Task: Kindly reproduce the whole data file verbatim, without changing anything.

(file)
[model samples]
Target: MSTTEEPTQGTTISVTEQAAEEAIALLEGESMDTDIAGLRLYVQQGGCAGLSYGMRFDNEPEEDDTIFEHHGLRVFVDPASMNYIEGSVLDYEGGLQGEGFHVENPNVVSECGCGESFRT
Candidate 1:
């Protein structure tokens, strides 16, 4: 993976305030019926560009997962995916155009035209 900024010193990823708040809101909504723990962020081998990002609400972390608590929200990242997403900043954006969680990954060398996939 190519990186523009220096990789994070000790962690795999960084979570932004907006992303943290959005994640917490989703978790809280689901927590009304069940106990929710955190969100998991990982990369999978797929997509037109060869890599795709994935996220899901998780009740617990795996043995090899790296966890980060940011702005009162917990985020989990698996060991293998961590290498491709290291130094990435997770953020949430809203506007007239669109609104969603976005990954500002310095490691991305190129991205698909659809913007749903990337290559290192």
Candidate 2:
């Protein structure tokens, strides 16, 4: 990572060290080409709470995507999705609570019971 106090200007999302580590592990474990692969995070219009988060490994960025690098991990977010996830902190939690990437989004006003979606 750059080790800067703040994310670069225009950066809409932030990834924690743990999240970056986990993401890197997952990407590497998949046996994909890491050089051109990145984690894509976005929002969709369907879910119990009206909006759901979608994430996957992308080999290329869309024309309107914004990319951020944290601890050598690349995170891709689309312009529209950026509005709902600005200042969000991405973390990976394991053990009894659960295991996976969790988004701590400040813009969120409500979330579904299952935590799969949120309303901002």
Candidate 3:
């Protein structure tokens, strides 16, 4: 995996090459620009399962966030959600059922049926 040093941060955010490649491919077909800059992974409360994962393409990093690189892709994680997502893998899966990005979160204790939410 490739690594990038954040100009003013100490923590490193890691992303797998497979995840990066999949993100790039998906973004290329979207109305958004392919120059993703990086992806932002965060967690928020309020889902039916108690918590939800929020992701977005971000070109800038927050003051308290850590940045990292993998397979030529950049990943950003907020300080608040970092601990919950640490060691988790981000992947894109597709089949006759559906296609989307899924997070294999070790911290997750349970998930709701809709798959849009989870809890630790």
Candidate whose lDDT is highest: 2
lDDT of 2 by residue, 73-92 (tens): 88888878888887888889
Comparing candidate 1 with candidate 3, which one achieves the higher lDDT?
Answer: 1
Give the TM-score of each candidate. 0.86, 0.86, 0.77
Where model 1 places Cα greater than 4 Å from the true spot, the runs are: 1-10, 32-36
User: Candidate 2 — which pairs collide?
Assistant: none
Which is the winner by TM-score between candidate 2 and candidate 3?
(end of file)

[model samples]
Target: MSTTEEPTQGTTISVTEQAAEEAIALLEGESMDTDIAGLRLYVQQGGCAGLSYGMRFDNEPEEDDTIFEHHGLRVFVDPASMNYIEGSVLDYEGGLQGEGFHVENPNVVSECGCGESFRT
Candidate 1:
């Protein structure tokens, strides 16, 4: 993976305030019926560009997962995916155009035209 900024010193990823708040809101909504723990962020081998990002609400972390608590929200990242997403900043954006969680990954060398996939 190519990186523009220096990789994070000790962690795999960084979570932004907006992303943290959005994640917490989703978790809280689901927590009304069940106990929710955190969100998991990982990369999978797929997509037109060869890599795709994935996220899901998780009740617990795996043995090899790296966890980060940011702005009162917990985020989990698996060991293998961590290498491709290291130094990435997770953020949430809203506007007239669109609104969603976005990954500002310095490691991305190129991205698909659809913007749903990337290559290192």
Candidate 2:
């Protein structure tokens, strides 16, 4: 990572060290080409709470995507999705609570019971 106090200007999302580590592990474990692969995070219009988060490994960025690098991990977010996830902190939690990437989004006003979606 750059080790800067703040994310670069225009950066809409932030990834924690743990999240970056986990993401890197997952990407590497998949046996994909890491050089051109990145984690894509976005929002969709369907879910119990009206909006759901979608994430996957992308080999290329869309024309309107914004990319951020944290601890050598690349995170891709689309312009529209950026509005709902600005200042969000991405973390990976394991053990009894659960295991996976969790988004701590400040813009969120409500979330579904299952935590799969949120309303901002």
Candidate 3:
């Protein structure tokens, strides 16, 4: 995996090459620009399962966030959600059922049926 040093941060955010490649491919077909800059992974409360994962393409990093690189892709994680997502893998899966990005979160204790939410 490739690594990038954040100009003013100490923590490193890691992303797998497979995840990066999949993100790039998906973004290329979207109305958004392919120059993703990086992806932002965060967690928020309020889902039916108690918590939800929020992701977005971000070109800038927050003051308290850590940045990292993998397979030529950049990943950003907020300080608040970092601990919950640490060691988790981000992947894109597709089949006759559906296609989307899924997070294999070790911290997750349970998930709701809709798959849009989870809890630790």
Candidate whose lDDT is highest: 2
lDDT of 2 by residue, 73-92 (tens): 88888878888887888889
Comparing candidate 1 with candidate 3, which one achieves the higher lDDT?
Answer: 1
Give the TM-score of each candidate. 0.86, 0.86, 0.77
Where model 1 places Cα greater than 4 Å from the true spot, the runs are: 1-10, 32-36
User: Candidate 2 — which pairs collide?
Assistant: none
Which is the winner by TM-score between candidate 2 and candidate 3?